Bit stuffing is used for various purposes, such as for bringing bit streams that do not necessarily have the same or rationally related bit rates up to a common rate, or to fill buffers or frames. The location of the stuffing bits is communicated to the receiving end of the data link, where these extra bits are removed to return the bit streams to their original bit rates or form. Bit stuffing may be used to synchronize several channels before multiplexing or to rate-match two single channels to each other.
Another use of bit stuffing is for run length limited coding: to limit the number of consecutive bits of the same value in the data to be transmitted. A bit of the opposite value is inserted after the maximum allowed number of consecutive bits. Since this is a general rule the receiver doesn't need extra information about the location of the stuffing bits in order to do the destuffing.
This is done to create additional signal transitions to ensure reliable transmission or to escape special reserved code words such as frame sync sequences when the data happens to contain them.
Bit stuffing does not ensure that the payload is intact (i.e. not corrupted by transmission errors); it is merely a way of attempting to ensure that the transmission starts and ends at the correct places. Error detection and correction techniques are used to check the frame for corruption after its delivery and, if necessary, the frame will be resent.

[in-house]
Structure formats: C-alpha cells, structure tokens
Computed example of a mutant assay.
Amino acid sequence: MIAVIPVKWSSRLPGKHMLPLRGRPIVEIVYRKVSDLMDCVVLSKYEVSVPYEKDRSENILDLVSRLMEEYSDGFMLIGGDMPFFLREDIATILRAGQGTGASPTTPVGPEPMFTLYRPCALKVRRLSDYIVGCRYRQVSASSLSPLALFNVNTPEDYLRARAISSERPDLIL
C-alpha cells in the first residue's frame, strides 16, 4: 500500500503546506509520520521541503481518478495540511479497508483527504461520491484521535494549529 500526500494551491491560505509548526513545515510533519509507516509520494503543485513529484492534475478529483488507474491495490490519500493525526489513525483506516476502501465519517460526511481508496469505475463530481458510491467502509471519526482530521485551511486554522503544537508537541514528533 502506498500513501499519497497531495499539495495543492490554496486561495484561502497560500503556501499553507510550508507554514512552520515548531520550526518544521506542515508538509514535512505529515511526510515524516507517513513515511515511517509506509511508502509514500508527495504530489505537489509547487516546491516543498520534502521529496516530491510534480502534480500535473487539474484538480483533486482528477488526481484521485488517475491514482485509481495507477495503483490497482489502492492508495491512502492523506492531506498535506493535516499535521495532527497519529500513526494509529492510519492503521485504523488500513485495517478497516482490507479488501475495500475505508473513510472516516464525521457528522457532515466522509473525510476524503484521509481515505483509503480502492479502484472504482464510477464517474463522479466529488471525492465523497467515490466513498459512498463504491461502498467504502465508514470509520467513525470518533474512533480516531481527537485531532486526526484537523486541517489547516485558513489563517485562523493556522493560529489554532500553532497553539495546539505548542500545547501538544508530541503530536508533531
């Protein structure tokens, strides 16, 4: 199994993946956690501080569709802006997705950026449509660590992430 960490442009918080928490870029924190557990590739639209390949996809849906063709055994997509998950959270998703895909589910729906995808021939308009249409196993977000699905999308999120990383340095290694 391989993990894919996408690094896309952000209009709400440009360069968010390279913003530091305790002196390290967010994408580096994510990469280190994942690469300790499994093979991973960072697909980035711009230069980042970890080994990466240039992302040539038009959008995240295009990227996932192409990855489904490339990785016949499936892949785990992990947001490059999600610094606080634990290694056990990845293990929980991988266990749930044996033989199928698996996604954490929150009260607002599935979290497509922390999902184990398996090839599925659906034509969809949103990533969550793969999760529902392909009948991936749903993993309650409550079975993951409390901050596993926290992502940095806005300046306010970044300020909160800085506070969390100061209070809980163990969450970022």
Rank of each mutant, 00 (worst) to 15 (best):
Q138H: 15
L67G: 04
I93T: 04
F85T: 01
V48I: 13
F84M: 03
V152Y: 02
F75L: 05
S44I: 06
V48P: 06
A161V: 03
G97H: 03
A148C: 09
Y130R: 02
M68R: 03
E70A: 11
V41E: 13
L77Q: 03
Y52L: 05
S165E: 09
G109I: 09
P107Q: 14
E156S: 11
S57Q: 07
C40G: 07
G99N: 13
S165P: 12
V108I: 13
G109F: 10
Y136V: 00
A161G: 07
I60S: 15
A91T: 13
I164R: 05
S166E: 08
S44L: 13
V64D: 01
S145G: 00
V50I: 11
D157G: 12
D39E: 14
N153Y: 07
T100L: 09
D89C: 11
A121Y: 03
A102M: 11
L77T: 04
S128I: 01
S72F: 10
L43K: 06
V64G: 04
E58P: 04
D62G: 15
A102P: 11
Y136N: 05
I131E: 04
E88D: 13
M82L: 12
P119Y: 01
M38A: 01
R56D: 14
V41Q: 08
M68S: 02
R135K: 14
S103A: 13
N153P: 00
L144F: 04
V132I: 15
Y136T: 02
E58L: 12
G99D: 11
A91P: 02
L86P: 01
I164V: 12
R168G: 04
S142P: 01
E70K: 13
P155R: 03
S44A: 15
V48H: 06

Zero-bit insertion is a particular type of bit stuffing (in the latter sense) used in some data transmission protocols. It was popularized by IBM's SDLC (later renamed HDLC), to ensure that the Frame Sync Sequence (FSS) doesn't incidentally appear in a data frame. An FSS is used to indicate the beginning and/or end of a frame.
The name relates to the insertion of only 0 bits. No 1 bits are inserted to limit sequences of 0 bits.
The bit sequence "01111110" containing six adjacent 1 bits is commonly used as a "Flag byte" or FSS.
To ensure that this pattern never appears in normal data, a 0 bit is stuffed after every five 1 bits in the data. This adds 1 stuffed bit to every 32 random payload bits. Note that this stuffed bit is added even if the following data bit is 0, which could not be mistaken for a sync sequence, so that the receiver can unambiguously distinguish stuffed bits from normal bits.
A similar scheme is used in the Universal Serial Bus, but for a different reason: to ensure sufficient clock edges. Low- and full-speed USB data is sent NRZI encoded: a 0 bit causes a signal transition, while a 1 bit causes no change. The receiver must count the time between transitions to determine the number of 1 bits, and if that time is too long, the receiver can lose count. USB stuffs a 0 bit (causing a transition) after every 6 consecutive 1 bits; this guarantees at least one transition every 7 bit times. (A (0,6) RLL code.)
The main disadvantage of this form of bit-stuffing is that the code rate is unpredictable; it depends on the data being transmitted.